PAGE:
M. N. Velasco
http://data.open.ac.uk/person/6a186478c7cff25c7379d65b5e7223e3
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Biography <p>Senior Lecturer in Analytical Sciences</p><p>My research area is the development of novel chemical sensors and biosensors at point of care in medical and veterinary diagnostics</p><p>&nbsp;<strong>Previous employment</strong></p><p>Post Doctoral Researcher<strong>,</strong>Cranfield Biotechnology Centre, Cranfield University, UK, 1998-2000</p><p>Scientific Researcher, BBSRC, Silsoe Research Institute, UK, 2000-2005</p>
Description <p>Senior Lecturer in Analytical Sciences</p><p>My research area is the development of novel chemical sensors and biosensors at point of care in medical and veterinary diagnostics</p><p>&nbsp;<strong>Previous employment</strong></p><p>Post Doctoral Researcher<strong>,</strong>Cranfield Biotechnology Centre, Cranfield University, UK, 1998-2000</p><p>Scientific Researcher, BBSRC, Silsoe Research Institute, UK, 2000-2005</p>
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Job title Senior Lecturer in Analytical Science
Research overview <p>I am interested in the development of analytical diagnostic tools, focusing in detection of biomarkers for infection and disease. There is an ever-increasing demand for simple, selective, accurate and reliable methods for testing indicators of human and animal health status. Application of biosensors in clinical and veterinary testing has several potential advantages over other analysis including increase assay speed, automation, point-of-care diagnostics, reduced costs and capability for multi-target analyses.</p><p>I was awarded a grant by the World Cancer Research Fund International (<a href="http://www.wcrf.org" rel="nofollow">www.wcrf.org</a>) to develop low cost disposable sensors for the&nbsp;measurement of&nbsp; DNA adducts in urine, related to red meat intake and&nbsp;the risk of colorectal cancer.&nbsp; High meat consumption is associated with increased endogenous formation of N-nitrocompound residues that can alter DNA. O6-carboxymethylguanine (O6-CMdG) is formed when DNA is damaged by nitrosated glycine. The potential of excreted DNA adducts in urine as a completely non-invasive way of measuring human exposure to carcinogens has been know for some time but its use has been limited by the lack of suitable analytical methodologies.</p><p>Another&nbsp;project focuses on the bioengineering of electrochemical&nbsp;sensor arrays&nbsp;for acute phase proteins, that are considered as indicators of disease and well-being in animals. The project seeks to explore a new route to develop affordable field-based sensing technologies for specific biomarkers based on aptamers as molecular-recognition elements. The biosensors for acute phase proteins could be used as an early warning system, indicating when further diagnostic tests are required and in addition they could also be used as an intital screening test in zoonotic disease surveillance at abattoirs in the event of food scares.</p>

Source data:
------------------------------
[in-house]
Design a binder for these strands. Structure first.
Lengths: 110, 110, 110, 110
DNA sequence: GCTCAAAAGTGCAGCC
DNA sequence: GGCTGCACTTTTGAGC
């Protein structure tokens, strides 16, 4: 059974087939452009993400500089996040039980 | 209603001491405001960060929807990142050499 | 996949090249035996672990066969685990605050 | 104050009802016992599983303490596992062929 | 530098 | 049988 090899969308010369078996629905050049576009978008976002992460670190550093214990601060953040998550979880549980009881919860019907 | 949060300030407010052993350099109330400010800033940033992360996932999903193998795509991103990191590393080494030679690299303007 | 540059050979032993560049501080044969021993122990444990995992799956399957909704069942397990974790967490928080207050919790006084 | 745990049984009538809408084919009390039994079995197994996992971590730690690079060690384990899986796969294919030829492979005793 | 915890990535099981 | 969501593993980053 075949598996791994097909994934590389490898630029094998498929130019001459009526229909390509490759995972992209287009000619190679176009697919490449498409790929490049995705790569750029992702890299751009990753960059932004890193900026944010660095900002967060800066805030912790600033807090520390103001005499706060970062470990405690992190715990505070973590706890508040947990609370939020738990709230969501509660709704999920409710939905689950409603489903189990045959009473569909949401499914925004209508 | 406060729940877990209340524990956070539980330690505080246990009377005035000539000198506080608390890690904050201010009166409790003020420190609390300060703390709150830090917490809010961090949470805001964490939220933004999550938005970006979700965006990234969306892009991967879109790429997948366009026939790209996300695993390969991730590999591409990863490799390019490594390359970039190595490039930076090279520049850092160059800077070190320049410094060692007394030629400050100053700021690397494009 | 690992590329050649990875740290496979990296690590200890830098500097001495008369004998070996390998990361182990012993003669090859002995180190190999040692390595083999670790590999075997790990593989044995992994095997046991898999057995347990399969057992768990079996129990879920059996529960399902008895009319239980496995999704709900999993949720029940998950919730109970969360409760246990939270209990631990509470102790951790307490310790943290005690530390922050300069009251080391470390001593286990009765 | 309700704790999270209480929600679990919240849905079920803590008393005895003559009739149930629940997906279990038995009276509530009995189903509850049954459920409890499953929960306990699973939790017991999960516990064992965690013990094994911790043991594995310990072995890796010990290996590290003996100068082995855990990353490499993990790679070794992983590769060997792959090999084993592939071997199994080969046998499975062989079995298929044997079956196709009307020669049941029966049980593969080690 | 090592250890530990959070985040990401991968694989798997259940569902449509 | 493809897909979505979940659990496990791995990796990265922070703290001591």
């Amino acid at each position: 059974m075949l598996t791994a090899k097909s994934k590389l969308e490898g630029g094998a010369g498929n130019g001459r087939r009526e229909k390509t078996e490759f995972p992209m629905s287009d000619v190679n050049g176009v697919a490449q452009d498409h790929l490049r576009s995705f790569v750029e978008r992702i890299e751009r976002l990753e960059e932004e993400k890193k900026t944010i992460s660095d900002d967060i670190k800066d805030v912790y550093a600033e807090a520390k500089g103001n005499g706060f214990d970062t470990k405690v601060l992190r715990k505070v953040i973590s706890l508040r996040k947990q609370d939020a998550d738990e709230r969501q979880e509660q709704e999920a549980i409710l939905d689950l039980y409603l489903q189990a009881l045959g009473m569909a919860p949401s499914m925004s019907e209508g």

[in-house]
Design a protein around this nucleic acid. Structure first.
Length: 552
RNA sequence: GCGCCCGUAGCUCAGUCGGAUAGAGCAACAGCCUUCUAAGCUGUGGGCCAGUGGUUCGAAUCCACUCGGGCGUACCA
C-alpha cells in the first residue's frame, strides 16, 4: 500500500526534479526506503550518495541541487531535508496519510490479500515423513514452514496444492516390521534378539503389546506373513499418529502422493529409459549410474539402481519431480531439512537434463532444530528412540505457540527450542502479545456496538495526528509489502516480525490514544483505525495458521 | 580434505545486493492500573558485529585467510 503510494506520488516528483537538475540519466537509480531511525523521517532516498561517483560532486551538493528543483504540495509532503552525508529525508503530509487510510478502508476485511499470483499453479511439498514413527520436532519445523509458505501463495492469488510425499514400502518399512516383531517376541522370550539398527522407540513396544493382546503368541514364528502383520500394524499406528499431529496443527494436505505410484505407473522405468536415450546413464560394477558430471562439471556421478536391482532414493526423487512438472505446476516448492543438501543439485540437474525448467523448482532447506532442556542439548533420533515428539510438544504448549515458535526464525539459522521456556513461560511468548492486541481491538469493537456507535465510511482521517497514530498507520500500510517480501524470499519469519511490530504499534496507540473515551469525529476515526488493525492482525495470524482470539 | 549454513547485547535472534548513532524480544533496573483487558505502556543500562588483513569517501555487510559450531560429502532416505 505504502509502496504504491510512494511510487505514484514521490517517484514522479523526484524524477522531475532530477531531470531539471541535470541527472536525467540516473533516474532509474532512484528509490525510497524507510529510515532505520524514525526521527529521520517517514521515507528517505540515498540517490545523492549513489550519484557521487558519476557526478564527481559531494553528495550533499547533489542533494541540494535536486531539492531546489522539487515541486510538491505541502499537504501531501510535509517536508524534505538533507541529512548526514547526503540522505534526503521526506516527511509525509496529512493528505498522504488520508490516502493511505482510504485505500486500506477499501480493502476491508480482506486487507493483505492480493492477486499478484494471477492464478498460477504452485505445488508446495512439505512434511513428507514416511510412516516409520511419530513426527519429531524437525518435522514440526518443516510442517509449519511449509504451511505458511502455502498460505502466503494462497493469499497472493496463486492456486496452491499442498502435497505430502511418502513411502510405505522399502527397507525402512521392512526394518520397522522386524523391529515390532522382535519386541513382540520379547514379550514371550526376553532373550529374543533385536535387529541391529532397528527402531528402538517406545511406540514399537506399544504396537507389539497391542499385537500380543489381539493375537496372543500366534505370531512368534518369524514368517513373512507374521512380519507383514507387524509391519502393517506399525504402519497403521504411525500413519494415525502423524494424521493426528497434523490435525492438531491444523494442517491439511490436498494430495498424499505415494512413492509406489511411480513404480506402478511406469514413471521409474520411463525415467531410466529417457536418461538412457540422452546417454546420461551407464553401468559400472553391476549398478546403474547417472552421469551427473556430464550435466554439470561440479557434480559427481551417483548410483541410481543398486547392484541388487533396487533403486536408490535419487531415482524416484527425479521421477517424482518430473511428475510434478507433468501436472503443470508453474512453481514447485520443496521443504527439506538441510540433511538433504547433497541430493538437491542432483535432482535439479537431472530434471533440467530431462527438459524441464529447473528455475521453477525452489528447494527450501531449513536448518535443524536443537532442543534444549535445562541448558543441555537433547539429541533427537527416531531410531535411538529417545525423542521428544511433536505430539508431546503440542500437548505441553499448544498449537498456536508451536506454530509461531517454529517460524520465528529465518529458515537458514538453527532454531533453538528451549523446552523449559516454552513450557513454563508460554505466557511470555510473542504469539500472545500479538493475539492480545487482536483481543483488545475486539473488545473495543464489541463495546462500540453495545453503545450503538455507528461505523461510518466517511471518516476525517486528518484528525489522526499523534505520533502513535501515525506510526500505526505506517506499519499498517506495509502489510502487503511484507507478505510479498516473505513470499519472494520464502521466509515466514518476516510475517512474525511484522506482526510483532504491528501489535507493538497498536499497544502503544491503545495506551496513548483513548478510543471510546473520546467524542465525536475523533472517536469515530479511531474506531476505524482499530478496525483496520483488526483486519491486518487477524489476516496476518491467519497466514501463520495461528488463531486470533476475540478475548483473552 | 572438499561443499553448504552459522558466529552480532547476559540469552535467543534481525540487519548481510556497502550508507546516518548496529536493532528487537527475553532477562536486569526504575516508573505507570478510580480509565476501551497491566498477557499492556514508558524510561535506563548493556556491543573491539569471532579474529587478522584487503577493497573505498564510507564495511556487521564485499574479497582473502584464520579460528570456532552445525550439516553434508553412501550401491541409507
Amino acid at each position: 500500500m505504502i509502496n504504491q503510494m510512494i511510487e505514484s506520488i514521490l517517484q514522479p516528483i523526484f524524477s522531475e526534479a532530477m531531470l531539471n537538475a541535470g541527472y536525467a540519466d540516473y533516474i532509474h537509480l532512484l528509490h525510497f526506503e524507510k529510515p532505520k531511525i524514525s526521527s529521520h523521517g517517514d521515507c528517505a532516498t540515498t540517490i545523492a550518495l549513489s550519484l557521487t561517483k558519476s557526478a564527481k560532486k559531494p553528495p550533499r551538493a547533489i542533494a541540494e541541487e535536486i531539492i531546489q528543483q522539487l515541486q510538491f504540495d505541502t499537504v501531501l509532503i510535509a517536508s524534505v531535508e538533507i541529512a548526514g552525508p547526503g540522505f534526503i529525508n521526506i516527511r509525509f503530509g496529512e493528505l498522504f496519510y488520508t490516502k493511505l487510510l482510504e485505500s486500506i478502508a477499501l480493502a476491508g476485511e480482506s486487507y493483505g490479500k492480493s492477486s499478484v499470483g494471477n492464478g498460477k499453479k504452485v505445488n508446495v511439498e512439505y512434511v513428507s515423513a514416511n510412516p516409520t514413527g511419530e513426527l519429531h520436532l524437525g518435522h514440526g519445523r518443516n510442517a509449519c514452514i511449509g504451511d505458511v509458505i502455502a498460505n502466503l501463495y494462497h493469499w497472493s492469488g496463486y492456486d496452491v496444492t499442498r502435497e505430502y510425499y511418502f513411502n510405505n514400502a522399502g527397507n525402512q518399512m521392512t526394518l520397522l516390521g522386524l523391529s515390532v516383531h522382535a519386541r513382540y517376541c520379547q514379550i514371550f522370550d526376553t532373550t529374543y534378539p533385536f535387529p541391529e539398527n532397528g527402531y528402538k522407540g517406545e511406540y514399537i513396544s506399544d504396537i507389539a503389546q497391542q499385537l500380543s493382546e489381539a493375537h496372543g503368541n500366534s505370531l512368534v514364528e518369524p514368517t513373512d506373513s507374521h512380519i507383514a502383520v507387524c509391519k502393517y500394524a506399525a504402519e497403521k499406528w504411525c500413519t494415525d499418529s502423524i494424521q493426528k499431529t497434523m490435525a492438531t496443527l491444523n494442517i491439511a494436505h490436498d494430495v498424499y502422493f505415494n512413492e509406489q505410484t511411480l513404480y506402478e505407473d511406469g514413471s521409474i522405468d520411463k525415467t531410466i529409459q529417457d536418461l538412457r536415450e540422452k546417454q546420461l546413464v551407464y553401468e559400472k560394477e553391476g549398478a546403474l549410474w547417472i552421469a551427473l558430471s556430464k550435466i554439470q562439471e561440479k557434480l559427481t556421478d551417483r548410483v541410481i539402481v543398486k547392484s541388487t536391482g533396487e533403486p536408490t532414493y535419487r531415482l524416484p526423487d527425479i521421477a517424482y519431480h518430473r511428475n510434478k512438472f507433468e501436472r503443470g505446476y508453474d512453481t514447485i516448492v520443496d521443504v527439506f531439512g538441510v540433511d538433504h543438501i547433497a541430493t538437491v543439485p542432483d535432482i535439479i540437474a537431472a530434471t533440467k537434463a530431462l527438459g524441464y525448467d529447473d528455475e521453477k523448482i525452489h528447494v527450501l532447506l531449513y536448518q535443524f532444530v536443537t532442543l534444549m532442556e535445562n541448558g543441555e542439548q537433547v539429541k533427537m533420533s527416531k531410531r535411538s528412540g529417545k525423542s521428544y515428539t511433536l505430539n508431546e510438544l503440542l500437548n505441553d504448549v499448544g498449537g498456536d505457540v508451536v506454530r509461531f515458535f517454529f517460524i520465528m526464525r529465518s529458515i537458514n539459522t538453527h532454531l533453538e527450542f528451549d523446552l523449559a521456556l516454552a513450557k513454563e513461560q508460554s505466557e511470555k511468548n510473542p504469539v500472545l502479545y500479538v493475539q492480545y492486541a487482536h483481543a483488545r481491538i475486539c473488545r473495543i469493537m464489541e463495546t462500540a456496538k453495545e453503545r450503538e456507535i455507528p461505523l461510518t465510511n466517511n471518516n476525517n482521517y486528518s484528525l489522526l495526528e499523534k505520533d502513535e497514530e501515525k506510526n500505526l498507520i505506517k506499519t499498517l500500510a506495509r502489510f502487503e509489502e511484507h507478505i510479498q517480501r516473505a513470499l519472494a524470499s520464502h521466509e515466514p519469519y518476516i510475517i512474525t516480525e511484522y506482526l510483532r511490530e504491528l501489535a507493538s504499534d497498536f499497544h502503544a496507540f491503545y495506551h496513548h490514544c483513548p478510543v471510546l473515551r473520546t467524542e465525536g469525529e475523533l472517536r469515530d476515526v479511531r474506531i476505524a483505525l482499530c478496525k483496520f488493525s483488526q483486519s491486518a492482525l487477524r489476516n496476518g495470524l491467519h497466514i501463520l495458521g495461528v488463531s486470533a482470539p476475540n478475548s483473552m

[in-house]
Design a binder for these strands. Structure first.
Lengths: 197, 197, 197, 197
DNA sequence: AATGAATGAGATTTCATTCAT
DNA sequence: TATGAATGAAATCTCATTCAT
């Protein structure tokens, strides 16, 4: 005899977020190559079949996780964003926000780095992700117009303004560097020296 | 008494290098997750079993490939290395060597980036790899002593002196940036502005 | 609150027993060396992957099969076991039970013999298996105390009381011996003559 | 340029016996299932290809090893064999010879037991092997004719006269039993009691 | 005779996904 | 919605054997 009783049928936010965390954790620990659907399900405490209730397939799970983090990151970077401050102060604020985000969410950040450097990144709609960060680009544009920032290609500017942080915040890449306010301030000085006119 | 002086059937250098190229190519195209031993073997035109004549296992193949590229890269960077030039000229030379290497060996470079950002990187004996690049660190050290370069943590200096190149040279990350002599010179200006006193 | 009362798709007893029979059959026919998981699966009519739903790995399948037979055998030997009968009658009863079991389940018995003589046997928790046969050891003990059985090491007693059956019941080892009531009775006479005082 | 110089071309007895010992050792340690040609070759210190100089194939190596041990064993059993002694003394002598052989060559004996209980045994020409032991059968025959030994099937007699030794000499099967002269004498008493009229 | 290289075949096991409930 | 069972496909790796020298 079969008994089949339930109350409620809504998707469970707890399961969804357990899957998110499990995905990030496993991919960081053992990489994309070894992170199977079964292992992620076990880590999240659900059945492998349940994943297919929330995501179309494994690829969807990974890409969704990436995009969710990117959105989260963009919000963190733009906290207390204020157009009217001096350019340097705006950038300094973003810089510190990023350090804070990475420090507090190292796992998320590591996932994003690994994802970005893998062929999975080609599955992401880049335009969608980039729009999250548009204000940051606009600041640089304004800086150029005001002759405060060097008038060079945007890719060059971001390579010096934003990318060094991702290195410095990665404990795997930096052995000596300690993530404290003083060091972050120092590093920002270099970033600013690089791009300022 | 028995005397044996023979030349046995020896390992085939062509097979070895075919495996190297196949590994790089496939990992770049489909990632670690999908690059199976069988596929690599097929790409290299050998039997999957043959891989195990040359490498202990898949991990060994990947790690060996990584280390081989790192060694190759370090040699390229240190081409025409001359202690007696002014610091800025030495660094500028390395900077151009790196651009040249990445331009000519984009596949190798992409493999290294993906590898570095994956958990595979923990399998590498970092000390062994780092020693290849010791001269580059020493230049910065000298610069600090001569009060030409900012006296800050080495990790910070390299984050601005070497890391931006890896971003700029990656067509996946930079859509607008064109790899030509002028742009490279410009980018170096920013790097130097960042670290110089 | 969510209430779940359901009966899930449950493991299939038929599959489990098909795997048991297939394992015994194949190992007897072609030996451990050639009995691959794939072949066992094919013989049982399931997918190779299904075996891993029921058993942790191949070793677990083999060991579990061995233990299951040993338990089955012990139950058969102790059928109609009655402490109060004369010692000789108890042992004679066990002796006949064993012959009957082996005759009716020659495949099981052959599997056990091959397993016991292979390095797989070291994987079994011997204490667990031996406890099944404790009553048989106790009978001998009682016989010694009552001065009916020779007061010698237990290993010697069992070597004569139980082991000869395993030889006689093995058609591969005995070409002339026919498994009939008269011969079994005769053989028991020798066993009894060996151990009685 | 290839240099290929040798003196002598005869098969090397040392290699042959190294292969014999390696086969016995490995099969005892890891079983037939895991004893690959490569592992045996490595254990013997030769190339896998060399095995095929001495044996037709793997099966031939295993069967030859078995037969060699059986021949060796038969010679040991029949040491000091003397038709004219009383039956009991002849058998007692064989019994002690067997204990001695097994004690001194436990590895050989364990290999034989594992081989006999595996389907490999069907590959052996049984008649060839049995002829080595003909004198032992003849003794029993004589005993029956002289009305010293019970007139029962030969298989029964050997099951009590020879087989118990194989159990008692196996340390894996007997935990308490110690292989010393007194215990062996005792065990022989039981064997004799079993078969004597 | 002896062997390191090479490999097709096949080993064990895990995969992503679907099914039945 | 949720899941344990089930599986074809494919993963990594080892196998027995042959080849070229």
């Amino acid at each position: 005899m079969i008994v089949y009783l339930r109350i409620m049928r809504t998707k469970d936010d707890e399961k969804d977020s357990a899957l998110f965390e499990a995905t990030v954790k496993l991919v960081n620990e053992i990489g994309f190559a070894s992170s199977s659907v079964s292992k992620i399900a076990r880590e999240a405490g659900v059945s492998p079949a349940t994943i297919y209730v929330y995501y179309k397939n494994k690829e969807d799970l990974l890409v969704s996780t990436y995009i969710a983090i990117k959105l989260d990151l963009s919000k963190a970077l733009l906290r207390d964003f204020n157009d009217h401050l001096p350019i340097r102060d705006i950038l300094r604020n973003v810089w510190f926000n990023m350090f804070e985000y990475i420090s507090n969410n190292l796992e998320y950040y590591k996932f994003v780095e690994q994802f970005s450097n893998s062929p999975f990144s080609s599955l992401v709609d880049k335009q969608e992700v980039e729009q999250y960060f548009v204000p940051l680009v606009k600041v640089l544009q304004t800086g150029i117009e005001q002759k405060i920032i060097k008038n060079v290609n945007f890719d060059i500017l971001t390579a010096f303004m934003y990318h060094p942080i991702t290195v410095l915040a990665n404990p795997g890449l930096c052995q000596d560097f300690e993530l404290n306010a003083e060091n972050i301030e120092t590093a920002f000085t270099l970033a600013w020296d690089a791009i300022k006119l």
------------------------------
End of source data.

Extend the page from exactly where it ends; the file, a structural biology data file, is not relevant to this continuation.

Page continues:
Has membership faculty-of-science,-technology,-engineering&mathematics
Type Person
Label Dr Maria Velasco
Family name
  • Velasco
  • Velasco-Garcia
  • Velassco-Garcia
Given name
  • Maria
  • M.
  • M. N.
  • M.N.
  • Maria N.
Mailbox SHA1 sum aa7e999c68a19f432cdb0a982c16f8bfa7c9e611
Name
  • M. N. Velasco
  • M. N. Velasco-Garcia
  • M. Velasco
  • M. Velasco-Garcia
  • M.N. Velassco-Garcia
  • Maria N. Velasco-Garcia
  • Maria Velasco
  • Maria Velasco-Garcia
Title Dr
Work homepage mnvg2
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Account The Open University account for Maria Velasco

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